He’s always been a divisive character but not even I expected him to behave like this at the auctions. We are talking about Diego Armando Maradona who, I am certain had a lot of fun following the Bonhams auction “in Paris” from the afterlife, particularly when his Porsche went under the hammer. A 911 of the 964 series, Carrera 2 Cabriolet “Turbo-look” from 1992 that he bought when he went to play for Sevilla FC after seven years at SSC Napoli. At the end of the season, his contract with the Spanish team was terminated and he never played in Europe again. However, let’s return to the car: silver with a black interior and after the end of his Spanish experience, he sold it and it changed hands several times before ending up with its current owner who put it in the garage in 2016 with 121,000 km on the clock. From that moment on, it has travelled just 1,000 km. Just two weeks earlier, a BMW i8 that also once belonged to ”El Pibe de Oro” didn’t reach its estimate, so here €150-200,000, which already included a small prize for history, seemed decidedly difficult to reach. But as one might say; Maradona out-manoeuvred the defenders before scoring a winning goal and this time the car was sold for an incredulous sum: €483,000.
This was the Bonhams auction, the first one in its history held completely online (no auctioneers or hall, just keyboards and monitors): a concentration of emotions.
Let’s start with the numbers: €3,729,645 isn’t a breath-taking amount, especially if we consider that in 2020, the top lot alone exceeded that amount (for the record: a Bugatti Type 55 sold for €4,600,000 ) but we should also remember that this was an experiment and as such the risk of making mistakes was considerable. So they bet on safety; many “easy” lots (in fact the average dropped from €308,619 per lot in 2020 to €98,150 in 2021), just four pre-war cars and almost a third of the cars on offer were youngtimers.
The result was acceptable but not exceptional, probably because Bonhams’ typical customer is not the same as at RM or Gooding and prefers being in the room. I’m sure that over in New Bond Street, they’re betting heavily on a vaccination campaign, hoping to return to live sales as soon as possible, perhaps as early as Amelia Island (which will be held this year towards the end of May).
Obviously the Porsche wasn’t the only interesting car at this sale. Here are some of the others on offer.
We still don’t know the fate of Abarth in the Stellantis solar system but we do know that this brand has always been in the hearts of French enthusiasts. That’s why the 1961 Abarth 850TC in 1999 was purchased by Prince Charles de Bourbon-Parme, direct descendant of Louis XIV. In the twenty years of his ownership the car participated in numerous events, including the Tour de Corse and Tour de France Historic, while in the Villa d’Este concorso d’eleganza, it received an award from the hands of Carlo Abarth himself. The estimate of €40-60,000 was quite correct but probably an old restoration and the presence of the roll bar alarmed some collectors and the tiny missile changed hands for €36,800.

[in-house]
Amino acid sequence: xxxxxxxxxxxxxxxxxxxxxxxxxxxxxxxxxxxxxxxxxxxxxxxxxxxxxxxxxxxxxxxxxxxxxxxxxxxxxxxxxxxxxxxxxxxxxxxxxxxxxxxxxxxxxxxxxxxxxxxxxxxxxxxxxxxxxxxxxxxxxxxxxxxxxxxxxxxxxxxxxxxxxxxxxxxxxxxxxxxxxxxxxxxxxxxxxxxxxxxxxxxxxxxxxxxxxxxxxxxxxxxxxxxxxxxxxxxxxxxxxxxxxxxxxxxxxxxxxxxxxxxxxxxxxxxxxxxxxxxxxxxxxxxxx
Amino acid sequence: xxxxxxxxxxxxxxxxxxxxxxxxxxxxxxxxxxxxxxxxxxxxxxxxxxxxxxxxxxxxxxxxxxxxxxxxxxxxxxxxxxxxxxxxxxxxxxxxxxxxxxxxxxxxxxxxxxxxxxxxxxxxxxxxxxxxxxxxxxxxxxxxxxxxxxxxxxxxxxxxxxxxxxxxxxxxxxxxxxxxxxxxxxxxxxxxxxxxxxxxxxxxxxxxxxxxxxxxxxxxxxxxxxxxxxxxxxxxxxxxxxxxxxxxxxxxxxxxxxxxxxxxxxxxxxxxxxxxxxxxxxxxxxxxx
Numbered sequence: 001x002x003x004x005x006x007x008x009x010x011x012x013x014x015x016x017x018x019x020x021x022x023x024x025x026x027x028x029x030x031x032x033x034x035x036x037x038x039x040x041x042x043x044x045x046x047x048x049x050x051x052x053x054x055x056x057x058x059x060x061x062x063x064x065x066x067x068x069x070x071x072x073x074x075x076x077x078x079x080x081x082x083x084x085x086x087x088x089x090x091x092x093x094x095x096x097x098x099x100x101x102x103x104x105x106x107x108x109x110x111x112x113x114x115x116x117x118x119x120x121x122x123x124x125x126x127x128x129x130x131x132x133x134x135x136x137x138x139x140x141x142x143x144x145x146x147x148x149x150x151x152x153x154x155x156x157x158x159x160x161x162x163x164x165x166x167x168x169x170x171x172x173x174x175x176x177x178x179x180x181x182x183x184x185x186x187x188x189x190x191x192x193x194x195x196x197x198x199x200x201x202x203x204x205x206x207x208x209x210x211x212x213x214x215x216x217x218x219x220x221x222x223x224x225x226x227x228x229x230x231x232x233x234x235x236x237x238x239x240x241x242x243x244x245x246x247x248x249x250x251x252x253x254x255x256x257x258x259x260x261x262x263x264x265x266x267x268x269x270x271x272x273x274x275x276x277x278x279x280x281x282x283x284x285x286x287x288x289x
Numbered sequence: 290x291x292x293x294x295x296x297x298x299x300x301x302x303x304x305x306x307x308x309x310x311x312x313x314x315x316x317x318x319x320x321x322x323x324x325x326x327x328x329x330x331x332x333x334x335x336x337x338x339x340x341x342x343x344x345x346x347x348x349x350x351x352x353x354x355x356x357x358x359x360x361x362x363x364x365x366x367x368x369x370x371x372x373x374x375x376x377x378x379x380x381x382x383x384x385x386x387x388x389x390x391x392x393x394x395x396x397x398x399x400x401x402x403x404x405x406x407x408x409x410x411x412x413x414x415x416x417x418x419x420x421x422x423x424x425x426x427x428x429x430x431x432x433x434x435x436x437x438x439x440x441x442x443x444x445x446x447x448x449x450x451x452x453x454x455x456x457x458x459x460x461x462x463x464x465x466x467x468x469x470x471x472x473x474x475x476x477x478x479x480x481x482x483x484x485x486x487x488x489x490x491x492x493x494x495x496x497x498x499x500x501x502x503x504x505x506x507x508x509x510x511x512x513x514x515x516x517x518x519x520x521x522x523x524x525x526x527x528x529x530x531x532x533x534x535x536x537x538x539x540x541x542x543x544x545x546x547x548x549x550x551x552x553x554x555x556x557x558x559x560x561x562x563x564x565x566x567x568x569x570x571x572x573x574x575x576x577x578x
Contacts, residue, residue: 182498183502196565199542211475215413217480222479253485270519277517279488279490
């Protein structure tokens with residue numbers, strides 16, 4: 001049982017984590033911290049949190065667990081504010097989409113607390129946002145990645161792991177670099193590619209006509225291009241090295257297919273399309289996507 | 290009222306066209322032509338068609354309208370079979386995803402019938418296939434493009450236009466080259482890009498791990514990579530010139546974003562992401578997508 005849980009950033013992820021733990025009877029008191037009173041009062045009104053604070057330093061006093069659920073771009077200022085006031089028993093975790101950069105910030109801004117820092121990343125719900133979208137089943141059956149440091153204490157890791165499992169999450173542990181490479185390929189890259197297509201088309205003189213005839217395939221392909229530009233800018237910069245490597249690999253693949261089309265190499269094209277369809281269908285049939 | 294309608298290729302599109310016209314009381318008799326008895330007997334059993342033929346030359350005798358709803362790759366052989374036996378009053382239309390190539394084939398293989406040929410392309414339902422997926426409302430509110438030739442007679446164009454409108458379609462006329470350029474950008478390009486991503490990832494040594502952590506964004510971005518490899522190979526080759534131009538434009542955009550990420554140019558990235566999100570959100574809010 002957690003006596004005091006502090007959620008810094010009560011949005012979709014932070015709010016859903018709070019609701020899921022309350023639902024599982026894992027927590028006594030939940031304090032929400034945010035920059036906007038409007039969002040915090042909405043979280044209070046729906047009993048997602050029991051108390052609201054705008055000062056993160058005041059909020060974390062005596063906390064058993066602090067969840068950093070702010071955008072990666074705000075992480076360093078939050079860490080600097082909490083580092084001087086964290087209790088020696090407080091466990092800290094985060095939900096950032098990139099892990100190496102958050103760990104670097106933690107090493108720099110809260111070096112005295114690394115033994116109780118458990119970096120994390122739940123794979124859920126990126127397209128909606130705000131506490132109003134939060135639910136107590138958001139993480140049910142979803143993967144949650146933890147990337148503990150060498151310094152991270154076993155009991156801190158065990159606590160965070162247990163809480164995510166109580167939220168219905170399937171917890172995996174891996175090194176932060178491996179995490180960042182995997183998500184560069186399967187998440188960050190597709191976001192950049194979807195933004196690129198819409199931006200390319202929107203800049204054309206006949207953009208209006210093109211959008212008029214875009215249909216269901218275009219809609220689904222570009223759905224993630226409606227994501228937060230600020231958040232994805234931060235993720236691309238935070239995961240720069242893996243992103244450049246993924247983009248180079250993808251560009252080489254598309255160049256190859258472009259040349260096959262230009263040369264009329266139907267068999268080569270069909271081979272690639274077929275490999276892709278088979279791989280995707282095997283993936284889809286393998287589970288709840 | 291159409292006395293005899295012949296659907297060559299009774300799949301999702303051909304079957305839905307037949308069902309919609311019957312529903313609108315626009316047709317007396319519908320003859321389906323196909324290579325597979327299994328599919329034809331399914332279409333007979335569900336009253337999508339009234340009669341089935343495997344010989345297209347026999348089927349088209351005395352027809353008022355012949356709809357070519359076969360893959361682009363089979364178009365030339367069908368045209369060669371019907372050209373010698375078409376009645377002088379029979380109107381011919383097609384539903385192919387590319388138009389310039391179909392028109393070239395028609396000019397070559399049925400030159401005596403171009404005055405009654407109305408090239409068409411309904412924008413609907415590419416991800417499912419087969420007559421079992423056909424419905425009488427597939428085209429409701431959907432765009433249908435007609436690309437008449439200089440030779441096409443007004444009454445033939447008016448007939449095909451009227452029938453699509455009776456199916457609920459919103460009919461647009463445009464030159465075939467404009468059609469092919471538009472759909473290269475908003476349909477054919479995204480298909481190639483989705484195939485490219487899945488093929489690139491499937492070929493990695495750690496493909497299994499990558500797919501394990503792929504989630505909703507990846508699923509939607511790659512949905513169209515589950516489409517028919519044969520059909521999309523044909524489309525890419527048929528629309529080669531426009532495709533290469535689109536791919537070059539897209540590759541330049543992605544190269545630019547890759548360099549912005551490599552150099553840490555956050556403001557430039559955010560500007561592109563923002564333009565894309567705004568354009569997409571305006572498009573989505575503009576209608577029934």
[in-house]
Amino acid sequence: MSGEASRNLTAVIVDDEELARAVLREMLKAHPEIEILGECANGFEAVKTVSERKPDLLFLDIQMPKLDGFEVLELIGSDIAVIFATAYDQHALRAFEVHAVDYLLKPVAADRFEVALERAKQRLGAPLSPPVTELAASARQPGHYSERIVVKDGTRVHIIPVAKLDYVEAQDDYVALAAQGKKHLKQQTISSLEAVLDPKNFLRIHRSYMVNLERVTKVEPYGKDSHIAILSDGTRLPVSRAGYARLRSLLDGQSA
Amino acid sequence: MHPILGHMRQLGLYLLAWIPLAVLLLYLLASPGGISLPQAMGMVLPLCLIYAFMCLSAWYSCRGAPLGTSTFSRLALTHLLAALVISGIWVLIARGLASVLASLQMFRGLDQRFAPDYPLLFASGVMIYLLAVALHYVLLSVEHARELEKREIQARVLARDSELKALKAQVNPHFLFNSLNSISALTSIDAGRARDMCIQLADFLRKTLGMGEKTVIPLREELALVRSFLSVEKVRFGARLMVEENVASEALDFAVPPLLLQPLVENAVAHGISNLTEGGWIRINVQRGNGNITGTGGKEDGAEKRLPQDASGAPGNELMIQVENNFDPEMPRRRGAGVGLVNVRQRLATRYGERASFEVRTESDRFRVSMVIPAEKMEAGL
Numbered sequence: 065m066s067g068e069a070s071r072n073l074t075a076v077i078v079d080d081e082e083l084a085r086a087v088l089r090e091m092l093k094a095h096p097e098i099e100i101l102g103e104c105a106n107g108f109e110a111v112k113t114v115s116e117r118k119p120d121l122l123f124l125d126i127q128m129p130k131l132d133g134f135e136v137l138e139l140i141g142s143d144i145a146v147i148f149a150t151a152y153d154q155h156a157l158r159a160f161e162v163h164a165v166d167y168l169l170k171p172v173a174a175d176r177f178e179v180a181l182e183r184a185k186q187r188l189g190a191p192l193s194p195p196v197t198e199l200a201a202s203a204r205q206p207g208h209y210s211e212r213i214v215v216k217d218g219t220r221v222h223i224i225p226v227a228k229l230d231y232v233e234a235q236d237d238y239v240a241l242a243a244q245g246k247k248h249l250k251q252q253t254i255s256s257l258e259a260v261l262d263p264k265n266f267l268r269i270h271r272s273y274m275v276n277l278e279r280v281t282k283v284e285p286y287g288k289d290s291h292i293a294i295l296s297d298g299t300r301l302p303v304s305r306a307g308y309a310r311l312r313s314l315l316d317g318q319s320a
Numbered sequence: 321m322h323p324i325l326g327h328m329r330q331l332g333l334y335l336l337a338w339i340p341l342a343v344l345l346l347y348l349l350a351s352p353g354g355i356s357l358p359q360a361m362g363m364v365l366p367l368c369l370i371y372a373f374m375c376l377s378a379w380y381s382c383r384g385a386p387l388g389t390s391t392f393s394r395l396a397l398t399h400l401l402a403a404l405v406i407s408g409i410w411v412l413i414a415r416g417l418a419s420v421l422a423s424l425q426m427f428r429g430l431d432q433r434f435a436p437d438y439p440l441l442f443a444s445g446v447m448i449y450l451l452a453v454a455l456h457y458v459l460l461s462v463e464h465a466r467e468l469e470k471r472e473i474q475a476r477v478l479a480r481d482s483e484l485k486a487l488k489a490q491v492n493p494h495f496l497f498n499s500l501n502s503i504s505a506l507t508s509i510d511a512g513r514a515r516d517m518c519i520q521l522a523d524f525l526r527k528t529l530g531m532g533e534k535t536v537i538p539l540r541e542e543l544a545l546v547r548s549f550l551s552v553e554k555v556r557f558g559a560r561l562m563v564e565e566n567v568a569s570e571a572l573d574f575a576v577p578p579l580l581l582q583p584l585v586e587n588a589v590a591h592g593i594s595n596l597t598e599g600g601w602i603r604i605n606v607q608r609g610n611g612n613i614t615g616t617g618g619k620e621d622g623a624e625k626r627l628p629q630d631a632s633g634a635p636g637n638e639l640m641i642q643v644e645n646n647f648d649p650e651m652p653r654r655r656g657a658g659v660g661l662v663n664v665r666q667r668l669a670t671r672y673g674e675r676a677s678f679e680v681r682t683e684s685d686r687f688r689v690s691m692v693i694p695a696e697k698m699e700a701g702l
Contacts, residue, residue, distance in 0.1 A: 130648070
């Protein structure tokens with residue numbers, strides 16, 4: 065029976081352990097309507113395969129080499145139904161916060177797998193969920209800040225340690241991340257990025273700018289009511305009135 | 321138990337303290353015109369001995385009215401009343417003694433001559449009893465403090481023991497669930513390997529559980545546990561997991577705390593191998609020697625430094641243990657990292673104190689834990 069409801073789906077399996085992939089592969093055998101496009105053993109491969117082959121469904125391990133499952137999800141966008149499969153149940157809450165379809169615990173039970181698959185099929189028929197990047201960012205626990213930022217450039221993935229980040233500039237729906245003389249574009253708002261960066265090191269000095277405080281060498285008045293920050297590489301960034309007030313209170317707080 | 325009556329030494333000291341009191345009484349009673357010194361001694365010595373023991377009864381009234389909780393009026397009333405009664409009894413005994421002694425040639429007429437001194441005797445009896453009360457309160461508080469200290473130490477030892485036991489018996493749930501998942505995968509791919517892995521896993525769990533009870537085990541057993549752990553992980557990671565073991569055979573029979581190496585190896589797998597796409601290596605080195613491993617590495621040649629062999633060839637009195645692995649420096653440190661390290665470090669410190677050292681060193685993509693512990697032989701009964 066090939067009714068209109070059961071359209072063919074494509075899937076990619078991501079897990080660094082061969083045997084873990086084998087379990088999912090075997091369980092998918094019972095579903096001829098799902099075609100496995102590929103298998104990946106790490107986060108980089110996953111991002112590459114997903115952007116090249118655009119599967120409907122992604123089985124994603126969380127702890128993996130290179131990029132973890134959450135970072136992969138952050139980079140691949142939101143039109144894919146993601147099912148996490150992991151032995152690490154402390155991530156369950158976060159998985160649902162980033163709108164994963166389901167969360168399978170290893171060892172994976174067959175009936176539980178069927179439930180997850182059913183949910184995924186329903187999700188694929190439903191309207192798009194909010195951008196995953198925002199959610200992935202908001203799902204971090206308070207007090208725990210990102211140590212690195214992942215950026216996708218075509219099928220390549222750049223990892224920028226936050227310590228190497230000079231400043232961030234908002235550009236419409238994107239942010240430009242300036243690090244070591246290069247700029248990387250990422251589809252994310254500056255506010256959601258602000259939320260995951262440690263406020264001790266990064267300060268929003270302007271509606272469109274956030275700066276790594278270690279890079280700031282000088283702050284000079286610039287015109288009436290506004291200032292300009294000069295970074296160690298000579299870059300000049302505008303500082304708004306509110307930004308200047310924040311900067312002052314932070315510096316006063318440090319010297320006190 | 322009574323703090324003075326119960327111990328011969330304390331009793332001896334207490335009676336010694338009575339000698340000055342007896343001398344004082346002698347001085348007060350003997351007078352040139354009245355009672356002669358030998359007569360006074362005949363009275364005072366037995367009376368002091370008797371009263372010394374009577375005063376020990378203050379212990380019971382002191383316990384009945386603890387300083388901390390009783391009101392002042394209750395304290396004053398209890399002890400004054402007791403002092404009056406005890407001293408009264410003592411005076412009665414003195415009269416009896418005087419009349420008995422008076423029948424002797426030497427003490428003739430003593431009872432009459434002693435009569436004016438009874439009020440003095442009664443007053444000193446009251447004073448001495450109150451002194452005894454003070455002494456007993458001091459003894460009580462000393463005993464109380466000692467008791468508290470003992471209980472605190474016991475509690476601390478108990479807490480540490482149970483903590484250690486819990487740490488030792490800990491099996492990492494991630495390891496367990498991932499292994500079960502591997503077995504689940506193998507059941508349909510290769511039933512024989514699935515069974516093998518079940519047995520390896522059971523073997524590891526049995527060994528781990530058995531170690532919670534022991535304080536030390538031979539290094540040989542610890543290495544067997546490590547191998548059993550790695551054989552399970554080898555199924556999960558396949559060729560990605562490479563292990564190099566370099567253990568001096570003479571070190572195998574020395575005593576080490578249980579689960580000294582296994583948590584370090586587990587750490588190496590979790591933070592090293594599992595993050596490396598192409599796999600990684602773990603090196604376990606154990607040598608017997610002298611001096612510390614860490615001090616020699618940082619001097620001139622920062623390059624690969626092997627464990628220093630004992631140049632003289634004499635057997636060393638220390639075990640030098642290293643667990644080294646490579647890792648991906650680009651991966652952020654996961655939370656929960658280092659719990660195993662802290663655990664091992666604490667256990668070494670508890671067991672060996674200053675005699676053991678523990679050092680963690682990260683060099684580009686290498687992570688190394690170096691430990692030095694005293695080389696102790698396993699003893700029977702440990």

Speaking of racing cars, there is no denying the interest in the 1955 Studebaker Commander. This example is a perfect replica of the one that won the Carrera Panamericana in 2007. Not many people know that Studebaker participated in the Mexican marathon on no less than five editions (1950-1954) without bringing home prestigious results. It has however been extremely successful in the contemporary version of the event for historic cars, where over the past 32 editions, the Commanders have won no fewer than 24. Preparation for this gruelling competition is very expensive so the estimate of €50-70,000 represented only a fraction of the amount spent on the car. Due to the absence of a reserve price (and the limited possibility of actually using it in the short term), the new owner was able to take home the deal of the day at just €20,700. Or maybe it was the sponsor who dented the morale of the bidders – Corona Extra.
From pseudo-French charm to the real deal. Although the original Citroen DS was designed by the Italian (but naturalized French) Flaminio Bertoni, it was Henri Chapron’s hand that created the convertible. The 1971 Citroen DS21 ie Decapotable is one of only four semi-automatic gearbox made and probably the only one ordered directly at the factory. Compared to those that “commonly” could be ordered at the local dealership, it has a small set of characteristics that stand out. Purchased in 1988 by a Greek collector who lived in a cheateau in the south of France (what a magnificent scene: this DS in front of a French castle), upon his death it passed to a prominent Chapron restorer who used it as his own personal car. Given the peculiarity, the estimate of €150-250,000 was a little light and the final sale price of €172,500 seems to me a number that hit the sweet spot for both parties.